Perspectives On Water:
Constructing Alternative Narratives
ONE of the reasons for the continued existence of great civilisations in South Asia has been the easy availability of water. With an increase in population and increased energy use in the past 100 years, however, there have been reports of water shortages everywhere. People and states have begun to fight over water as never before. Within South Asia, India alone has 16 per cent of the population of the world and 15 per cent of the livestock of the world, living in just 2.45 per cent of the land area with access to a mere four per cent of the usable water resources of the world. A third of the country lies in rain shadow areas, where no big civilisation developed till a century ago. But today these areas demand as much water as the water-rich river basin culture.
Under the circumstances, the present book is most welcome. It brings together some sane voices in the discourse on water. They go beyond the usual rhetoric of government and eco-do-gooders to provide a glimpse into what is possible for the future. The strongest point of the 13 essays included here is that they uniformly look back into history in order to make their point. Unfortunately, the volume is priced so high as to keep it out of reach of most interested users.
The historical perspective is far more informative than currently presumed. By localising issues, it enables movement beyond trite and superficial supposedly universal solutions that really don't work in any specific context. The Mughals were the first in world history to implement large-scale modern irrigation schemes. Unfortunately, the historians of medieval India have left this area of research almost entirely untouched.
In the event when the governments of India and Pakistan sat down to frame the Indus Water Treaty, they behaved almost as if that entire past did not exist. The result was a treaty heavily dominated by military concerns, with little focus on the economic use of the rivers. Rohan D'Souza, Maaz Gardezi, Inderjeet Singh and A K Jain between them provide a historical overview of the use of water in the Indus Basin. Muhammad Shah provides an interesting essay on the historical lessons learnt from the floods of 2010 in the Indus river, wherein he argues about the effect that an inequitable social structure has on the use of river waters and the consequent "natural disaster" that hurt lower strata of society far more than the exploiters at the top.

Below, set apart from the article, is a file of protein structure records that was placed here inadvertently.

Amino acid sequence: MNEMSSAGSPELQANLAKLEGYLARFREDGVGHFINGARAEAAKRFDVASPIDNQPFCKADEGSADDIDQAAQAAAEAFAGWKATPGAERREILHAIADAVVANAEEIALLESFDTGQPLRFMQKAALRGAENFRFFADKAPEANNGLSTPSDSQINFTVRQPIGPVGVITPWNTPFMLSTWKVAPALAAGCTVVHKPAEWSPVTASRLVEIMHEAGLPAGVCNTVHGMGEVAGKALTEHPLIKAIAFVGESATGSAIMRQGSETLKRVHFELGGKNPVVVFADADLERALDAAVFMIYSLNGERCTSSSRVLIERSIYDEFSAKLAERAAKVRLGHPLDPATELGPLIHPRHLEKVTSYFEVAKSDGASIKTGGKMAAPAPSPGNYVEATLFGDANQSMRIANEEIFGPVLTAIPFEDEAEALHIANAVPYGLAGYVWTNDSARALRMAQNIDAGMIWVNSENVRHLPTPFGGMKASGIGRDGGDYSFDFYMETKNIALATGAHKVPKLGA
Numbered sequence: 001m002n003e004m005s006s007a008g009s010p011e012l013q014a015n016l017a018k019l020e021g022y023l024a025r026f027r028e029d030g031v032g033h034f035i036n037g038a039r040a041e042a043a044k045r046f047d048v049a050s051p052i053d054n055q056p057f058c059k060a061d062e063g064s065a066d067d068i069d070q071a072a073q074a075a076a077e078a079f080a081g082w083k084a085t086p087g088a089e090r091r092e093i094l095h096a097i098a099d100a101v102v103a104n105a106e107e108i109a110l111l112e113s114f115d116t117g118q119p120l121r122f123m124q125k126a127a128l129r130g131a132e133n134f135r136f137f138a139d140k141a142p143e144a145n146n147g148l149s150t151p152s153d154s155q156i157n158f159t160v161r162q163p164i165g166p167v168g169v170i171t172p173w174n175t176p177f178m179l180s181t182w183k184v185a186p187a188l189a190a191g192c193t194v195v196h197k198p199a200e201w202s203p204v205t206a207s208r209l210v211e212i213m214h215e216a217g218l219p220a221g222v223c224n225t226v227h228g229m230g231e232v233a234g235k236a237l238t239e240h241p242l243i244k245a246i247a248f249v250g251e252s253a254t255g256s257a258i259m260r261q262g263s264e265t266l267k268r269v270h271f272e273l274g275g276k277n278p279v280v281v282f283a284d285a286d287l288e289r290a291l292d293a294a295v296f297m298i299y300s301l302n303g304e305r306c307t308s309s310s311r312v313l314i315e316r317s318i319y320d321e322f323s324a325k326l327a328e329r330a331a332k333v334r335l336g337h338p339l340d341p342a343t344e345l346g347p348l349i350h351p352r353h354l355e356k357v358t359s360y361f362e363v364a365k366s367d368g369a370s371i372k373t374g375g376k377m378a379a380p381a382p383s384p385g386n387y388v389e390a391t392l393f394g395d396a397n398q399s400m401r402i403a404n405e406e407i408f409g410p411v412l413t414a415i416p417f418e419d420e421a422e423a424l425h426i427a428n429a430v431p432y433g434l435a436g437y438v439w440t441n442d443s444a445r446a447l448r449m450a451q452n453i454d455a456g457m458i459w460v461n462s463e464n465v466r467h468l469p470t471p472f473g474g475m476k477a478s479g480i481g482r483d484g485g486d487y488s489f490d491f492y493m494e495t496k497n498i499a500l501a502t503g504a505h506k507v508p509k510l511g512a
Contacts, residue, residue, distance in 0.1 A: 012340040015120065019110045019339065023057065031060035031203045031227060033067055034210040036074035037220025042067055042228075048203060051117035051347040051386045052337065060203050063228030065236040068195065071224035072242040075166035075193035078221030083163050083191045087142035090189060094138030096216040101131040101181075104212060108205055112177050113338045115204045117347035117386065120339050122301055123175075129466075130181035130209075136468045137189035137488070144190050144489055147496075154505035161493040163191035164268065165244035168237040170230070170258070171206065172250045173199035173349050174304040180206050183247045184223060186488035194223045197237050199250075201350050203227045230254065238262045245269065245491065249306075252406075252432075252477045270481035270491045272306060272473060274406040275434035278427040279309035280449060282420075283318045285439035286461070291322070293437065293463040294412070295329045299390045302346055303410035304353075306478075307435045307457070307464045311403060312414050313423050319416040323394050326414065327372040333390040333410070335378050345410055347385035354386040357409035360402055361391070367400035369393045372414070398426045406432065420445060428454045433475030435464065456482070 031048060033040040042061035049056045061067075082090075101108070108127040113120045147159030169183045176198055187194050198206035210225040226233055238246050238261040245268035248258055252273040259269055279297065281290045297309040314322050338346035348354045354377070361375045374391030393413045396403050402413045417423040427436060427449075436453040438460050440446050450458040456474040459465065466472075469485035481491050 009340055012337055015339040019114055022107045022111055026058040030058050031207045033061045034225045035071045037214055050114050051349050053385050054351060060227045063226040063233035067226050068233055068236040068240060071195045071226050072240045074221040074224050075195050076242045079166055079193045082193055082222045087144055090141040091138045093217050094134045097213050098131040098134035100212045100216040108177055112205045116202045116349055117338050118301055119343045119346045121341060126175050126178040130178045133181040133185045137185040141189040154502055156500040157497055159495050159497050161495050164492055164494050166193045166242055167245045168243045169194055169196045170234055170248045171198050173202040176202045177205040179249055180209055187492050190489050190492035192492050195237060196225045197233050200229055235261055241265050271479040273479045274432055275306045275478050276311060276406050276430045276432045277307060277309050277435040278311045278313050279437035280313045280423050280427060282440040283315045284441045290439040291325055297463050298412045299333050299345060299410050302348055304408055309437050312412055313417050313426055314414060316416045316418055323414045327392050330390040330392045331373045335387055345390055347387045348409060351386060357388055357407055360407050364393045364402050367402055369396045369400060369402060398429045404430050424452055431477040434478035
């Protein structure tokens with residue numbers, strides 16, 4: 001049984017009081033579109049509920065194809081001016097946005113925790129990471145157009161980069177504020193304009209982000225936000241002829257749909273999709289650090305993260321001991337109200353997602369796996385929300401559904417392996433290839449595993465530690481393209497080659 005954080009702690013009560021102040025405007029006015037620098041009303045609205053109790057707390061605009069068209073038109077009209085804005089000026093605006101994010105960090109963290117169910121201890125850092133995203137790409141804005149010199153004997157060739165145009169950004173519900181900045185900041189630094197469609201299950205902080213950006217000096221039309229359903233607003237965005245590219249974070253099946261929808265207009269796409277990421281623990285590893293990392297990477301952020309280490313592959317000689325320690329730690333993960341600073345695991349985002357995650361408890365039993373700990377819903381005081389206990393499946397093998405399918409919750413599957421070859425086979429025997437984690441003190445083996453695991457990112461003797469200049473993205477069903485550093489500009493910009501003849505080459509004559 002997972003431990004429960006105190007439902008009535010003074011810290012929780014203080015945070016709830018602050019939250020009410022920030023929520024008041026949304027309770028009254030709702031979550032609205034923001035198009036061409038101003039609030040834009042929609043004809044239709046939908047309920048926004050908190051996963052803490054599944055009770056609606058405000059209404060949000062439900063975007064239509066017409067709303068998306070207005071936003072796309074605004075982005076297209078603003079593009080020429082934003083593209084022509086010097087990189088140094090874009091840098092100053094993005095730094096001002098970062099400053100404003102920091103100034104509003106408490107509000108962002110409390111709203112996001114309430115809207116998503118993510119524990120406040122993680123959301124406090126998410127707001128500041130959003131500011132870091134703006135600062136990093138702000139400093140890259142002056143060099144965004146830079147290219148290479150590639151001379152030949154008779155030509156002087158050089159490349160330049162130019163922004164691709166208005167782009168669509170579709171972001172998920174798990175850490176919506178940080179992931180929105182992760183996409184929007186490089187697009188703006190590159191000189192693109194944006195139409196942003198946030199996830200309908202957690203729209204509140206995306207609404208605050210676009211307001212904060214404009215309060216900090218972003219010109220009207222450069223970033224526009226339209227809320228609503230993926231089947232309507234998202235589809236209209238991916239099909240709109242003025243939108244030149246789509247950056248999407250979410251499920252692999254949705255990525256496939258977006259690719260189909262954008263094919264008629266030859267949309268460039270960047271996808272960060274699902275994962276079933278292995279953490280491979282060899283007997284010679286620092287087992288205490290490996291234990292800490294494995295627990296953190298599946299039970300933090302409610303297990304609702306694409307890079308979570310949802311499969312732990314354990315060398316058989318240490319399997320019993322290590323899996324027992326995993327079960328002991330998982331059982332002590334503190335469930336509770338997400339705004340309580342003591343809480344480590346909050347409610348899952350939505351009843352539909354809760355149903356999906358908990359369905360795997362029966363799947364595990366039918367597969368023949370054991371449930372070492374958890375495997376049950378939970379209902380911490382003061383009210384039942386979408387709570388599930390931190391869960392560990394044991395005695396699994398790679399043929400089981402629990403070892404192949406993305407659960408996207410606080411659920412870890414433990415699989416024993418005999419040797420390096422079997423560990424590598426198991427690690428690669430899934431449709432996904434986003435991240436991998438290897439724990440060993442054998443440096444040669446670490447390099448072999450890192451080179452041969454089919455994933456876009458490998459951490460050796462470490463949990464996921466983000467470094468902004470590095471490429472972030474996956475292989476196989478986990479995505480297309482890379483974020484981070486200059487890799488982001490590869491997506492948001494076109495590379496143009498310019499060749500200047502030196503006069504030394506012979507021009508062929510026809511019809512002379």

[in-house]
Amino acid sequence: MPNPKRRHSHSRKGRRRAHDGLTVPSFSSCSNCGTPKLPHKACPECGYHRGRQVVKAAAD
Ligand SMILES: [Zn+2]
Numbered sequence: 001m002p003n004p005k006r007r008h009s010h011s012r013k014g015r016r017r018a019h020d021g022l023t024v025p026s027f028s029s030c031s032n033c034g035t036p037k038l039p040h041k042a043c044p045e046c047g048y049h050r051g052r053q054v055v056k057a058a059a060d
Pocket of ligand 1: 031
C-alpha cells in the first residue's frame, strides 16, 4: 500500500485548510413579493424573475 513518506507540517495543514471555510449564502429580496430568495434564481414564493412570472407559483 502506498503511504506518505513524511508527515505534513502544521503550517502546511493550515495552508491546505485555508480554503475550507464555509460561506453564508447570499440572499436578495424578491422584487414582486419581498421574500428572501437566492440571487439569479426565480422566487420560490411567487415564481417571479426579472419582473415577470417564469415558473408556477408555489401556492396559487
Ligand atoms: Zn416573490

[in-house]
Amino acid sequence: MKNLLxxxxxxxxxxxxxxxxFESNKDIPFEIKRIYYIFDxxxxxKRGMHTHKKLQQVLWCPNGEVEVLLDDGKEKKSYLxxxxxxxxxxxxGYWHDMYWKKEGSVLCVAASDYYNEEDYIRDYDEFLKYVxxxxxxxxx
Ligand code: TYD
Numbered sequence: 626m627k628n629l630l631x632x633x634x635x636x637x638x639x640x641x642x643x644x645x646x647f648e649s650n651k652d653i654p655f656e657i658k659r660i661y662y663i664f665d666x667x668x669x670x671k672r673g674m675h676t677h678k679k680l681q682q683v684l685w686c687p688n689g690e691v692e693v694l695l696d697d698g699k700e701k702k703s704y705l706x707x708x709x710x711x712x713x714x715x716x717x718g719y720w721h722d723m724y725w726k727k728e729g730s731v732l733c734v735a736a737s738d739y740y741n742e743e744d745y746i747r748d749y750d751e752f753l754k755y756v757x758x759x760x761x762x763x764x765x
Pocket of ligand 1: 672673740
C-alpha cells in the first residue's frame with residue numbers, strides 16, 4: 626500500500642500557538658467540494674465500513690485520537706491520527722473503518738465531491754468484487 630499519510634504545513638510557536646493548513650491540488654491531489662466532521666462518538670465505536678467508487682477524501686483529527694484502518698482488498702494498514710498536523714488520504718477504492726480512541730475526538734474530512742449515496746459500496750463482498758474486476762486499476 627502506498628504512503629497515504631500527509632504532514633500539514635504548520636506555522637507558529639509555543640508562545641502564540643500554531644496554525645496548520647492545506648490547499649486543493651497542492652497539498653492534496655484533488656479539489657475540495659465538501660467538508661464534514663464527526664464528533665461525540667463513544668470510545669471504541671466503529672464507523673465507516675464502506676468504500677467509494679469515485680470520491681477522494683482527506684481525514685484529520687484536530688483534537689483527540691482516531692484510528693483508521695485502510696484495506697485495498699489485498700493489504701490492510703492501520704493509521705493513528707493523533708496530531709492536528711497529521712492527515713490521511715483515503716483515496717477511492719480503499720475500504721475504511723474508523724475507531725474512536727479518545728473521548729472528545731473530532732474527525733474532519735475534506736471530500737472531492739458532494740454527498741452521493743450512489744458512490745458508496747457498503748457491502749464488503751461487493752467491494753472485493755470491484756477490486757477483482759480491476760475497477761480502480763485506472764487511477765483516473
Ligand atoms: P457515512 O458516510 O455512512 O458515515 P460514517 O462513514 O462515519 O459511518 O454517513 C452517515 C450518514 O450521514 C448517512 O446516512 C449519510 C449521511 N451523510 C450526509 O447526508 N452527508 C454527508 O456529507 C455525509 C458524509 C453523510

Inderjeet Singh and A K Jain in their respective essays on the use of water in Punjab reiterate the important issues about the rampant misuse of water in Indian Punjab that is currently resulting in a health disaster for the population at large.
Shantha Mohan and Sailen Routray address that scenario to delineate the contours of conflict and possible cooperation between states in south Asia over the use of water.
Uwe Hoering, Yu Li and Shailaja Fennell's essays look a little forced into this volume since they deal with non-South Asian experiences. On balance, they do provide interesting insights into how other regions of the world deal with water stress that follows intensive development.
Unfortunately, Hoering repeats ideas about balancing private-public partnership in water usage without recognising that throughout history water usage has only been regulated by the public, represented by the state. The nature of water and its usage for human beings is such that any private regulation only creates yet another state-like authority. Shawahiq Siddqui looks into the legal perspectives on water usage.
It is not easy to create a legal framework for balancing the conflicting claims on rightful water use by different communities and interest groups. State authorities have been ranging around for a meaningful solution with little success, mostly because they refuse to consider the efficient use of water an important factor in deciding competing claims. Under the circumstances, Siddiqui leaves this unsaid, we are rapidly moving towards a time when there would be a tremendous shortage of water. Currently only individuals resort to violence to claim superior privilege in the use of water. Soon enough states might resort to violence as well.